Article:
A Mexican wave can mean that the batting is dull, but when the home crowd gets out the beach balls while their team is in the field you know that they have surrendered. This photograph must be plastered across the England dressing room by tomorrow morning. A few beach balls patted into the Aussie dressing room would not go amiss either.
England lost the chance to win this Test (which they should have won) in the first innings. Tooting Trumpet, over at 99.94, tells us that Andy Flower was away from the dressing room on that fateful first day. Flower really is that important to England’s ability to become Lords of Time, and to improve thinking, plan well and truly believe.
His influence is inestimable in the battle to dominate time just as he was when batting himself – thinking, planning and executing those wonderful run chases.
But England must now bat Australia out of the series. Not the match, you understand. No, but right out of the series. To repeat the comment written here at this time yesterday: “On the matter of the Test in hand: there is a lot to be positive about. There is little to fear in the Australian bowling. England’s bowling is just about superior and more Australian batsmen have questions to answer than English ones.”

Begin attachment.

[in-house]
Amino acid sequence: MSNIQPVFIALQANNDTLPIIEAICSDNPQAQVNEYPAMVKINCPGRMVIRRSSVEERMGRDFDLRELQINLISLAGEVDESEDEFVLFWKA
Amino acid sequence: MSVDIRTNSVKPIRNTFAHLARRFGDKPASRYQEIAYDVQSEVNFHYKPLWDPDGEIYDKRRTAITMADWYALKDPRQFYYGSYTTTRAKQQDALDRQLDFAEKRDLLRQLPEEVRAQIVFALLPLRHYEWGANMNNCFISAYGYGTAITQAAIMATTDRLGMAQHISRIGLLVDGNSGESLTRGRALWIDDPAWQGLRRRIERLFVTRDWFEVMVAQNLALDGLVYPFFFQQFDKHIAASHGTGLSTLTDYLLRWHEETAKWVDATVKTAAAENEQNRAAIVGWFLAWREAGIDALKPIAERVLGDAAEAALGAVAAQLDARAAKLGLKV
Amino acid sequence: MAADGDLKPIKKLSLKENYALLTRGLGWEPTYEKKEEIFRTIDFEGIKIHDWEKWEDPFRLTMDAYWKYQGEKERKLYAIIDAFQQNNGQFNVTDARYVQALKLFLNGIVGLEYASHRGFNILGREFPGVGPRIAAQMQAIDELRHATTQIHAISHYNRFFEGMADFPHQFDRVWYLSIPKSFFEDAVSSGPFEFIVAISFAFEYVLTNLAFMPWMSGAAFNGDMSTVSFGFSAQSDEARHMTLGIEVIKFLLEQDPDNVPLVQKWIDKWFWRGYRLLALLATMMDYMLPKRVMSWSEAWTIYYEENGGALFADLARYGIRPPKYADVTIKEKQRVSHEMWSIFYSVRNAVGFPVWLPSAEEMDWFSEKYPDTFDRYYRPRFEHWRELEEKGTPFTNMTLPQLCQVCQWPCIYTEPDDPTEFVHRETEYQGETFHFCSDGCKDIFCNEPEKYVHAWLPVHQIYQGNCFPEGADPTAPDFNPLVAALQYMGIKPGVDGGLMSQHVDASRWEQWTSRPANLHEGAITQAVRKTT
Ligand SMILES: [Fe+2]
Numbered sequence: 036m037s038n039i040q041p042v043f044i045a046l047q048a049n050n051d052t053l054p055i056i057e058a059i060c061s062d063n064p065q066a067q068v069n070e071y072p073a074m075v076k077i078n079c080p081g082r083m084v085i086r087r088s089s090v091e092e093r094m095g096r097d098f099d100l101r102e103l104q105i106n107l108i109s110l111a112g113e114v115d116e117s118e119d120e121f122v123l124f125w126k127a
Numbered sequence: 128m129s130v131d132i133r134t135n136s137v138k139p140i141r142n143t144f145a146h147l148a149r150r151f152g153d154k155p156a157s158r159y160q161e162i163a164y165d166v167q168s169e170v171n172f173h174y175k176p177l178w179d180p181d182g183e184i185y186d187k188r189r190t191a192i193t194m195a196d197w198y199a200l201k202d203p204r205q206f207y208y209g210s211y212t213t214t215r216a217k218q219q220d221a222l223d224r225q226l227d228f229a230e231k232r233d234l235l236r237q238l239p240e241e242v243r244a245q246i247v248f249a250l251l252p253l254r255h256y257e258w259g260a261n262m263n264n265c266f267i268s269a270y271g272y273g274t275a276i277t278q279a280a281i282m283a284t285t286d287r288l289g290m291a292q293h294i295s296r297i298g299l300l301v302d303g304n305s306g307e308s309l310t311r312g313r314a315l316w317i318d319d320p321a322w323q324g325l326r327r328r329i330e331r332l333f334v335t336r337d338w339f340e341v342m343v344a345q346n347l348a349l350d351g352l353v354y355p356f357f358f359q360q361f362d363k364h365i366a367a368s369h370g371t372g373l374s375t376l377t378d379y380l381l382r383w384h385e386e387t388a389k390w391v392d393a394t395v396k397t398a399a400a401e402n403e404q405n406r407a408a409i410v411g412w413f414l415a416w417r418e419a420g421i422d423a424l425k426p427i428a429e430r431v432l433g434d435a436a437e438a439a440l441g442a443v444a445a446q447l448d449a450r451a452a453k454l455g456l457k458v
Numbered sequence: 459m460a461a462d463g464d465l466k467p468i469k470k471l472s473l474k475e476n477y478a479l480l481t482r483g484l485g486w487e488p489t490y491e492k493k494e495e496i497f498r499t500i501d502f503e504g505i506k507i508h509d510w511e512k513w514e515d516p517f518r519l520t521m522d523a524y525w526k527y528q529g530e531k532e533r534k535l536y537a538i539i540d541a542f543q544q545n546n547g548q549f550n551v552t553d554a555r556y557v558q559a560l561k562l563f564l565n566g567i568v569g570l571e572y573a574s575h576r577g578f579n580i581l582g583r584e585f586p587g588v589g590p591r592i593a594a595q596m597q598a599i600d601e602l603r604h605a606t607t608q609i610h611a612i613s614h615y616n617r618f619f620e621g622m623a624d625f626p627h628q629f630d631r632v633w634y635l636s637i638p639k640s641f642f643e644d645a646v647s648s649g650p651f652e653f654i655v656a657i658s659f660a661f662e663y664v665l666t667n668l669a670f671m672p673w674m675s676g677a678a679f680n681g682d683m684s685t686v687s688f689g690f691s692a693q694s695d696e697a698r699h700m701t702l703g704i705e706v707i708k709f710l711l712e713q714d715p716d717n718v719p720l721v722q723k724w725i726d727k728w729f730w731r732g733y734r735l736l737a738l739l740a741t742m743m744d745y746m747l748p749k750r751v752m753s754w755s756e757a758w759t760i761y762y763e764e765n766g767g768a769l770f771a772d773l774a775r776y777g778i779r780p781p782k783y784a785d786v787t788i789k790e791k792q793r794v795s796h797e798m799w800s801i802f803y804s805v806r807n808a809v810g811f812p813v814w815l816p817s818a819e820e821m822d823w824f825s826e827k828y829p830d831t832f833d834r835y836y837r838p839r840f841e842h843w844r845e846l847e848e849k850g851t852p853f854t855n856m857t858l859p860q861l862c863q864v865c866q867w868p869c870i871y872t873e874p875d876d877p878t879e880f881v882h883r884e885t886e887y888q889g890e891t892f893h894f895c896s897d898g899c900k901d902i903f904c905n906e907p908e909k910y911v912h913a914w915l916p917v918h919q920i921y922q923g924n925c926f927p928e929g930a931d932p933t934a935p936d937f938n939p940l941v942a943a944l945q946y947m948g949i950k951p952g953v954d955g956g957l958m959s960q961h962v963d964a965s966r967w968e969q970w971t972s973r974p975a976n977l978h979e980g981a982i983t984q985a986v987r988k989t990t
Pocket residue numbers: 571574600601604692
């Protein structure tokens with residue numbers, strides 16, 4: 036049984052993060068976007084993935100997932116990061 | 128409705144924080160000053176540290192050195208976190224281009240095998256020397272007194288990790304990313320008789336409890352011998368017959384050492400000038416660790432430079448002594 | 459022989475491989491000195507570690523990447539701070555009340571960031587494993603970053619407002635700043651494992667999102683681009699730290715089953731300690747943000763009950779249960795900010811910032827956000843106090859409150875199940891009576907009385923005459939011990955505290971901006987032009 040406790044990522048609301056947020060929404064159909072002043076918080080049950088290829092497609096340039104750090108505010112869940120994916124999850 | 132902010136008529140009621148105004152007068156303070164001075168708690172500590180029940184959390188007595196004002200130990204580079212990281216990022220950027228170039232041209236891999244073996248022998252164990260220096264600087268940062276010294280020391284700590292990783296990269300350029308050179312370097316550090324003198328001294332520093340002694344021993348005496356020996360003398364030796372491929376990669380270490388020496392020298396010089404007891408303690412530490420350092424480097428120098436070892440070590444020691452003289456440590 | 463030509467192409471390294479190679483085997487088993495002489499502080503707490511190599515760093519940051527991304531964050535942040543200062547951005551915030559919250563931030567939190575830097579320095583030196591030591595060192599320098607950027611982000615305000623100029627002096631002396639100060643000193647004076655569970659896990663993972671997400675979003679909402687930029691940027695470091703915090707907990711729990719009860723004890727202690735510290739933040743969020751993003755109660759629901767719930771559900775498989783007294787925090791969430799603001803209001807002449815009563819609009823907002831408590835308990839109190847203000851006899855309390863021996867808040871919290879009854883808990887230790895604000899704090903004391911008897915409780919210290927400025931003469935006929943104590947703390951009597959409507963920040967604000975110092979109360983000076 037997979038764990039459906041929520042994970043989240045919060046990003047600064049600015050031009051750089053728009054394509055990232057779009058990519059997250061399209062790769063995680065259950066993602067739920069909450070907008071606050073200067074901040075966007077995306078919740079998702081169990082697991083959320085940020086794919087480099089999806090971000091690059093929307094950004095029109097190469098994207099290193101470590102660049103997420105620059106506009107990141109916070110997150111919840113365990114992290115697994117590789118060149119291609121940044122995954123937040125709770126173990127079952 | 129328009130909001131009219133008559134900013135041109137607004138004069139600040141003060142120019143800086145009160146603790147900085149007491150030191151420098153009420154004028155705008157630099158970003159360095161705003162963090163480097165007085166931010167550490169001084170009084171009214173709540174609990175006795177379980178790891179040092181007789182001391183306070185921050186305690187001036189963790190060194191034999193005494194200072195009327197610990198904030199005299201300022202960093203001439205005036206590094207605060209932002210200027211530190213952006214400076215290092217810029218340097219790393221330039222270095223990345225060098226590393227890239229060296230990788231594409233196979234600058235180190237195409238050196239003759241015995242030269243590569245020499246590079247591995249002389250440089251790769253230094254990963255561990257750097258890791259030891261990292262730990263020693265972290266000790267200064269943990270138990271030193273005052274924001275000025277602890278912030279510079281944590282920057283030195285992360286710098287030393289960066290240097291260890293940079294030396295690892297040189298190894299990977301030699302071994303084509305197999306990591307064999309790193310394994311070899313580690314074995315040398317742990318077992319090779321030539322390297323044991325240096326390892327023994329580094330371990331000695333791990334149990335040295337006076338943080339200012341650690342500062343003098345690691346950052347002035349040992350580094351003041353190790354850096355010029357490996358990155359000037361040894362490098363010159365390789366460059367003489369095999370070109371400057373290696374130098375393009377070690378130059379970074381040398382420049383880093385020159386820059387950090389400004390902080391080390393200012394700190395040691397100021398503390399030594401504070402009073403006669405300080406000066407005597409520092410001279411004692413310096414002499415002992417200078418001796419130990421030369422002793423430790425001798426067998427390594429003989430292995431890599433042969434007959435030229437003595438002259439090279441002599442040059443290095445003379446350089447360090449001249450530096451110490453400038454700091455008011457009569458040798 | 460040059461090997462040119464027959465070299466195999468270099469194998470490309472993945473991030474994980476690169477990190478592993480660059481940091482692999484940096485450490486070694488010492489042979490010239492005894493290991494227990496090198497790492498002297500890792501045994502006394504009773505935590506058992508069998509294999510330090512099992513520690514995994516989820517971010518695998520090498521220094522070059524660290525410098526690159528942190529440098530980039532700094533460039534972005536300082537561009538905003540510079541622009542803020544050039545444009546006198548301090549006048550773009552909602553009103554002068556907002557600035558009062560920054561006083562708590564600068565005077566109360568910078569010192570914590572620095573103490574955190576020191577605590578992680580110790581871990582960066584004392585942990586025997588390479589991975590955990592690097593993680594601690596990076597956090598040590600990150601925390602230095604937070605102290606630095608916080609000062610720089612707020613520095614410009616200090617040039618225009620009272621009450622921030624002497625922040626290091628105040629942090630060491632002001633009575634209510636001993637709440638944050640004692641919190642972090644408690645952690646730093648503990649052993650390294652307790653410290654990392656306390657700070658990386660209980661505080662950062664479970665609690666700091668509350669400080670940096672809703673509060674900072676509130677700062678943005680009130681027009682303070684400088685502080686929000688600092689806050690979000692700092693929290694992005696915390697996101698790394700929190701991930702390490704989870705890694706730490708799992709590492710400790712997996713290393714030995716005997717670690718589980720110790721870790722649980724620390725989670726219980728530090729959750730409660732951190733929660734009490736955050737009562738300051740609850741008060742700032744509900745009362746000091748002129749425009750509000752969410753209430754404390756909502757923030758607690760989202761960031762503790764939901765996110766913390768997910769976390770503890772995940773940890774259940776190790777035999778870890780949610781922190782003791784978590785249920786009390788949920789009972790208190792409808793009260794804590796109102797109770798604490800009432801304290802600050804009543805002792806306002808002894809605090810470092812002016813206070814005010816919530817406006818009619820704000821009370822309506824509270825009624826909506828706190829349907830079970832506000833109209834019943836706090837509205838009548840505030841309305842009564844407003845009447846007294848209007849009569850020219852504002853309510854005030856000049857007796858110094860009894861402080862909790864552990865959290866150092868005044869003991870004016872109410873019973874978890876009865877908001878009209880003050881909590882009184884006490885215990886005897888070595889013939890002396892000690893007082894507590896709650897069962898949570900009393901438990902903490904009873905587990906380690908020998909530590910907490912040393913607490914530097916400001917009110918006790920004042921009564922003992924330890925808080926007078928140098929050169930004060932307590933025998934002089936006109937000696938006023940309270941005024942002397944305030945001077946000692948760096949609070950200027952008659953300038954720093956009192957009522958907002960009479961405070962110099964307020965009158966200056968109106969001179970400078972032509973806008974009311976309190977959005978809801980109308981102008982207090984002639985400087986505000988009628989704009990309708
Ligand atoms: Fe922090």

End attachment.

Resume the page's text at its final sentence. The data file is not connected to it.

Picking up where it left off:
Australia must be made to endure another fruitless day in the field. They must be made to know the full extent of their impotence. Their selectors must be placed in the dilemma of having to decide whether or not to continue with this toothless bowling and beleaguered batsmen. In short they must be panicked into change or panicked into stasis.
England’s bowlers should be given a day in the shade to learn what it feels like to be in a side where the batsmen dominate the opposition. The batsmen must feel what it is like to score big and to treat the opposition as their net bowlers.
Simpson, both Chappells, AB, Taylor, Ponting did this to England when at a similar advantage.
Now it is England’s turn. It doesn’t come often – the winter must be relished.